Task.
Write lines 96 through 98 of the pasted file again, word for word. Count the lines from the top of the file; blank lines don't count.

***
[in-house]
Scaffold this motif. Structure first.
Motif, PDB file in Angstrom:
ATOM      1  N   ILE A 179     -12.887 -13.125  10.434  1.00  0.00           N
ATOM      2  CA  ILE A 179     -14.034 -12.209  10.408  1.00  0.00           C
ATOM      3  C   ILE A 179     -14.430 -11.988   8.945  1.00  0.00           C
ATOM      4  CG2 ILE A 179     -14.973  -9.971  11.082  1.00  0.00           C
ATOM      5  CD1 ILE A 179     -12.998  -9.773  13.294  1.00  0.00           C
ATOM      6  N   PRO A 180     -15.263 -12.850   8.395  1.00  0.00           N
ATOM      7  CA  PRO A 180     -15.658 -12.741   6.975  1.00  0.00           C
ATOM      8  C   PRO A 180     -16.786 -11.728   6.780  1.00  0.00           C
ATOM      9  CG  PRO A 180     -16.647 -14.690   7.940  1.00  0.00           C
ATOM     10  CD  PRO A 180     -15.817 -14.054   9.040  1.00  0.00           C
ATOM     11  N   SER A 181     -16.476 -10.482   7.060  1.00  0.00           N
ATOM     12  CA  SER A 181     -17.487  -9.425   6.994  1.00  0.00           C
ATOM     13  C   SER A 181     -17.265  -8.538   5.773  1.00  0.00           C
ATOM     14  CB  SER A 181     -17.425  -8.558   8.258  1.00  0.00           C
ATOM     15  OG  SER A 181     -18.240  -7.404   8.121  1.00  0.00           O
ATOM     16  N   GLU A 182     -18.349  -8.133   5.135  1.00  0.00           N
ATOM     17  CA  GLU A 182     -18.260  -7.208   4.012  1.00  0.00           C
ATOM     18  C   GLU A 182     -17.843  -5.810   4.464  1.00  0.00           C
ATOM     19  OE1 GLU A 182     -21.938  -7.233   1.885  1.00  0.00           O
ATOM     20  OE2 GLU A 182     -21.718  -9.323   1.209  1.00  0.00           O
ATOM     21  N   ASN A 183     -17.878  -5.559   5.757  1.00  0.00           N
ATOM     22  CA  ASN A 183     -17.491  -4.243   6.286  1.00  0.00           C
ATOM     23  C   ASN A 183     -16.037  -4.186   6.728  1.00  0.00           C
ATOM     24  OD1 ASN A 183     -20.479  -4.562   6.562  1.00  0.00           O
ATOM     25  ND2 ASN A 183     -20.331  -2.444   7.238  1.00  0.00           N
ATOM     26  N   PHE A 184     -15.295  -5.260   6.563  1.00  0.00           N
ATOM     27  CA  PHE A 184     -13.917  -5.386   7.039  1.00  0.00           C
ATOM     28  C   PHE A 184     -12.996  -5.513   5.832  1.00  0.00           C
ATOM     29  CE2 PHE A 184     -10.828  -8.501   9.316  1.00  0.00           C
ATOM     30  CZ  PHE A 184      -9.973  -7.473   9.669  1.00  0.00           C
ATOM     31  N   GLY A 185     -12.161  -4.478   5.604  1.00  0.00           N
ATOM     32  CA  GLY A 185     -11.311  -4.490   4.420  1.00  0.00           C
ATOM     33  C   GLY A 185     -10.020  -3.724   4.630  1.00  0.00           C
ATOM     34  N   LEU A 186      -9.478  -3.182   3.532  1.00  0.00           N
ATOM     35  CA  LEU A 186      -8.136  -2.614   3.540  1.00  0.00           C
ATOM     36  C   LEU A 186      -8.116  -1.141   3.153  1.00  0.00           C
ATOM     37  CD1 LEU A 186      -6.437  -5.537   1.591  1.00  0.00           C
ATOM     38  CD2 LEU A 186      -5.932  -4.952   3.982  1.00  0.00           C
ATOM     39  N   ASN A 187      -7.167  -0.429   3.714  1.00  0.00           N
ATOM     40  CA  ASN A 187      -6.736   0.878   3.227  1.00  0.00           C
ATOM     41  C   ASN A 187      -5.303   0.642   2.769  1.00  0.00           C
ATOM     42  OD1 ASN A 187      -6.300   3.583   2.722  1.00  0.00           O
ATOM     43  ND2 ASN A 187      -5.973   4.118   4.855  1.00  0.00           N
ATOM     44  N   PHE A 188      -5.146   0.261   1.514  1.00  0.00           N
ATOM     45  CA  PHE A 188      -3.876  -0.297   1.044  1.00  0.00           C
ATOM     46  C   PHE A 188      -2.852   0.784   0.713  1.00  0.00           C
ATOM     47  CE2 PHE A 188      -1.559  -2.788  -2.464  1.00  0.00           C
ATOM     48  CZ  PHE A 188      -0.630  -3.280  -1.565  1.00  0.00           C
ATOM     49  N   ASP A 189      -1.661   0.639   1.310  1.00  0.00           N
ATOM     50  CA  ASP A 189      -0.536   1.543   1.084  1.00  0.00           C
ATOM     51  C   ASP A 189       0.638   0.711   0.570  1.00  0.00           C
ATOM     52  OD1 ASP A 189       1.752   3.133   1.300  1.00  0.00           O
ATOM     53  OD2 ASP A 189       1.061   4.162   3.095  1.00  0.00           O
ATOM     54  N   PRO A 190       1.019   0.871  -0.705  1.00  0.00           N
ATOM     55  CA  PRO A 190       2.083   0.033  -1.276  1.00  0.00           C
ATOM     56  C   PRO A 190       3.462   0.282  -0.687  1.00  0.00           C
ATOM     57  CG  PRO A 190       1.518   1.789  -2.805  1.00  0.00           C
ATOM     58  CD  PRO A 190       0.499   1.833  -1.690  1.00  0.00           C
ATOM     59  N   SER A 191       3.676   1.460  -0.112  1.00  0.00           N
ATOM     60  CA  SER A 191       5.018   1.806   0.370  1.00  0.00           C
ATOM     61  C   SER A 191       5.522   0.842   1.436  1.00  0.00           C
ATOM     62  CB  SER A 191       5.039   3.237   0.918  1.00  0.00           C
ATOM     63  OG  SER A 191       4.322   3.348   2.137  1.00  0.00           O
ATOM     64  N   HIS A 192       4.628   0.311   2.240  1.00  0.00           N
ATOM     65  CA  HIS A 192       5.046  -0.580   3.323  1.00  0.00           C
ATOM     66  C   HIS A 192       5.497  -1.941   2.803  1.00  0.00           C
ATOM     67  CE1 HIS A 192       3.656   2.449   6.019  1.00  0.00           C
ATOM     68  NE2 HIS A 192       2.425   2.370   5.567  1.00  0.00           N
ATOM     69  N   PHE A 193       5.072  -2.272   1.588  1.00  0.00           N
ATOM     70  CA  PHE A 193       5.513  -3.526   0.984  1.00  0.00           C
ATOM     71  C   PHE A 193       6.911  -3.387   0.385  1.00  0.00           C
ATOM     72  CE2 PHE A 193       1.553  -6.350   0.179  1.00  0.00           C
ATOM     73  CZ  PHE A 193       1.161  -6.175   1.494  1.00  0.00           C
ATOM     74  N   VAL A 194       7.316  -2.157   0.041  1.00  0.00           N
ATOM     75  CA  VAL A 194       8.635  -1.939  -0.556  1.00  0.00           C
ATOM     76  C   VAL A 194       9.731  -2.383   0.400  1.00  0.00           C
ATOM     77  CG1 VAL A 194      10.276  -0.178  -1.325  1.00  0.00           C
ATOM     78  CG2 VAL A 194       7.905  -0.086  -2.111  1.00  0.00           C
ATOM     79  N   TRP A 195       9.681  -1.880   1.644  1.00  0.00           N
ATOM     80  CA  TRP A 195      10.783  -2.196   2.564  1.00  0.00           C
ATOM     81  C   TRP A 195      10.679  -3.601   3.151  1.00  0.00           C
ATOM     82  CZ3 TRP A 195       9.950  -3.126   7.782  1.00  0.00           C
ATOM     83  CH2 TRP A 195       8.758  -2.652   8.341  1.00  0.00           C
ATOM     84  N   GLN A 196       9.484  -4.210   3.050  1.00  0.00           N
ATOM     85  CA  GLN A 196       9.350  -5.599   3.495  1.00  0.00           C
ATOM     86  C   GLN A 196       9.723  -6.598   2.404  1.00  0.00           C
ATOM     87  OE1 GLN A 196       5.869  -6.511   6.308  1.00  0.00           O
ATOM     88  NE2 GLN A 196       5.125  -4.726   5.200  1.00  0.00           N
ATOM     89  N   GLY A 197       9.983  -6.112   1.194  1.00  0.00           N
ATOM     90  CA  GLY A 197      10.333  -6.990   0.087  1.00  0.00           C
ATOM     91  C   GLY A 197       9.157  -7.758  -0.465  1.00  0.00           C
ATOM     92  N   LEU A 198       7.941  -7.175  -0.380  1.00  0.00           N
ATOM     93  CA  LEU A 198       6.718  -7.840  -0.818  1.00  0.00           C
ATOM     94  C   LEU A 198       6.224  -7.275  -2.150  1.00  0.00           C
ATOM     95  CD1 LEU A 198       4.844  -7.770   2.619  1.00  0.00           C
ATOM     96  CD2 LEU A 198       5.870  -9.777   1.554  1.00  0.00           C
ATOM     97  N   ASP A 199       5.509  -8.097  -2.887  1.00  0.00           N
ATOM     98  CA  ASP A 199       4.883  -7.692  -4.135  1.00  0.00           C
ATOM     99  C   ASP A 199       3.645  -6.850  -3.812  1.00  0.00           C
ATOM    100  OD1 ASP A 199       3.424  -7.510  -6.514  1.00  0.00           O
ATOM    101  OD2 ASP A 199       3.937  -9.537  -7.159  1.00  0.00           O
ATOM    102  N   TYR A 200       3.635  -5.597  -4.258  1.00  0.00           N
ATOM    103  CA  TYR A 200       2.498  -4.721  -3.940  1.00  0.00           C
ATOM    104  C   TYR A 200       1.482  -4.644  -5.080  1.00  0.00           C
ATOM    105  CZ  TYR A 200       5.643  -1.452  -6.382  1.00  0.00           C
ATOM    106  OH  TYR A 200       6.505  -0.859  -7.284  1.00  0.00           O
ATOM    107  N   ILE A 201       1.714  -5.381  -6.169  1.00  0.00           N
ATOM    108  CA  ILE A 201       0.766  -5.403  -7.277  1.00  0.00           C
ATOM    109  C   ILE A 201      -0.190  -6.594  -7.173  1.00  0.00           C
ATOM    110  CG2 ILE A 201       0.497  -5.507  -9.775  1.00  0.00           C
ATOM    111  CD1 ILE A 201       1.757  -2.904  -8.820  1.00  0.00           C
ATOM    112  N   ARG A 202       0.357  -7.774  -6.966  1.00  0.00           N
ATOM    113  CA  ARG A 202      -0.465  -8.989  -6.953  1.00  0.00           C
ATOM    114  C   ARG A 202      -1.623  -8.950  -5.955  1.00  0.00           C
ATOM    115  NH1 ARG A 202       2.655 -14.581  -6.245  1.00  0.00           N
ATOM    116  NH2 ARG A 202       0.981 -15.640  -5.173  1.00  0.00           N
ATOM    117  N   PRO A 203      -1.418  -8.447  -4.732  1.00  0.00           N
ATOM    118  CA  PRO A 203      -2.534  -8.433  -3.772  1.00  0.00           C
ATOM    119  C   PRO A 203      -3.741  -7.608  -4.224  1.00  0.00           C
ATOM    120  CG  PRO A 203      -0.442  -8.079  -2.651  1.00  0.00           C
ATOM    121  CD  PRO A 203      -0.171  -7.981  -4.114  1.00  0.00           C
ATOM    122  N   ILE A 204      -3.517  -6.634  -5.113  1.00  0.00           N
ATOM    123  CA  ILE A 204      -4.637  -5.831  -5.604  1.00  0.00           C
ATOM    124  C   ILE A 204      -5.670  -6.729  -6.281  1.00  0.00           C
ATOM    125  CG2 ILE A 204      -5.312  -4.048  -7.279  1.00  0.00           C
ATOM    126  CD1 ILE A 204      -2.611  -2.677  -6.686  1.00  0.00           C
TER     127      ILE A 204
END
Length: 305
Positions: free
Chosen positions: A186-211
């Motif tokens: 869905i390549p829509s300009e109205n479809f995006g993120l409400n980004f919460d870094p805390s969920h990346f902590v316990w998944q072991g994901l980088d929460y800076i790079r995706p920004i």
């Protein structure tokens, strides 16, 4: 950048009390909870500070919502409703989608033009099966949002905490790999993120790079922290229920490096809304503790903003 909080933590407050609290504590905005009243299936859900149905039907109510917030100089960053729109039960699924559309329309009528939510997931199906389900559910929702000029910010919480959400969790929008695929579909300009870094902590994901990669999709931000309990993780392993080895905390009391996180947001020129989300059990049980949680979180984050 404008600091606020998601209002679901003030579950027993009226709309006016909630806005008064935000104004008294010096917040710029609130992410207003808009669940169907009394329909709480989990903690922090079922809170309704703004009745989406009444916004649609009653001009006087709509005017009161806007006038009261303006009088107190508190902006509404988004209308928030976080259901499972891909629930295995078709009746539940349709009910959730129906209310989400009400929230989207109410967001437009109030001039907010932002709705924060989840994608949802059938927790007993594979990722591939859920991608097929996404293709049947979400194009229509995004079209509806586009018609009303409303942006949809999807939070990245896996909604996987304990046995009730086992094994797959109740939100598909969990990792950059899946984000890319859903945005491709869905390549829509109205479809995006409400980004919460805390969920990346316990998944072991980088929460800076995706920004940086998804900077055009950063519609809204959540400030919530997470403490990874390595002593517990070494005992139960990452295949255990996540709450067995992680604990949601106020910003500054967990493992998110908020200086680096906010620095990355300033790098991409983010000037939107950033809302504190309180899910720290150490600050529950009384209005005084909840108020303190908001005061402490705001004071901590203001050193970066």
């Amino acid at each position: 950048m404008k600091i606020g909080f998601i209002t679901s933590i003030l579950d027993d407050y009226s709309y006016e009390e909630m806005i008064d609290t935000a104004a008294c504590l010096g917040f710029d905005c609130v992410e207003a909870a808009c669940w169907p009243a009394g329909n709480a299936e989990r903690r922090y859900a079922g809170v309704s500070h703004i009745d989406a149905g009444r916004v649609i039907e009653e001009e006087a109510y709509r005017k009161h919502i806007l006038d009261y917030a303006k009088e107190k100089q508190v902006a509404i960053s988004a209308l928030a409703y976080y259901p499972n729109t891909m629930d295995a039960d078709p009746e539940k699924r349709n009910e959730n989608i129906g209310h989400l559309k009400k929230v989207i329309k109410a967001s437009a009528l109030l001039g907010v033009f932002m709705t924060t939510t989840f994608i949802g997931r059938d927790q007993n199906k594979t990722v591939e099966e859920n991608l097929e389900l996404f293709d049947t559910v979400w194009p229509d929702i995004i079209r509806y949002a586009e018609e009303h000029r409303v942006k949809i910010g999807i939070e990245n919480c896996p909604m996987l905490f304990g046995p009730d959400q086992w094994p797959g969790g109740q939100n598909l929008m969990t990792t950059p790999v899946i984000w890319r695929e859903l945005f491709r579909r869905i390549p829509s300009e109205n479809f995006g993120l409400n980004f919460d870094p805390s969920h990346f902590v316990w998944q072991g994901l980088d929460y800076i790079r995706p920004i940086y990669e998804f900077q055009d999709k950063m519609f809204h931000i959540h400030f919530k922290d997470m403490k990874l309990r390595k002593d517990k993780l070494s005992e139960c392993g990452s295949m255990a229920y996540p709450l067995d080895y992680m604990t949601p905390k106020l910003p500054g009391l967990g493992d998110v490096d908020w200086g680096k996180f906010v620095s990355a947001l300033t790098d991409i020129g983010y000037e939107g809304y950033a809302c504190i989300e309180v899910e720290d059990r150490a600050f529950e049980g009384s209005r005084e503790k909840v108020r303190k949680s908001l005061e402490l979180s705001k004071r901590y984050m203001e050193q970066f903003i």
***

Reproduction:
ATOM     93  CA  LEU A 198       6.718  -7.840  -0.818  1.00  0.00           C
ATOM     94  C   LEU A 198       6.224  -7.275  -2.150  1.00  0.00           C
ATOM     95  CD1 LEU A 198       4.844  -7.770   2.619  1.00  0.00           C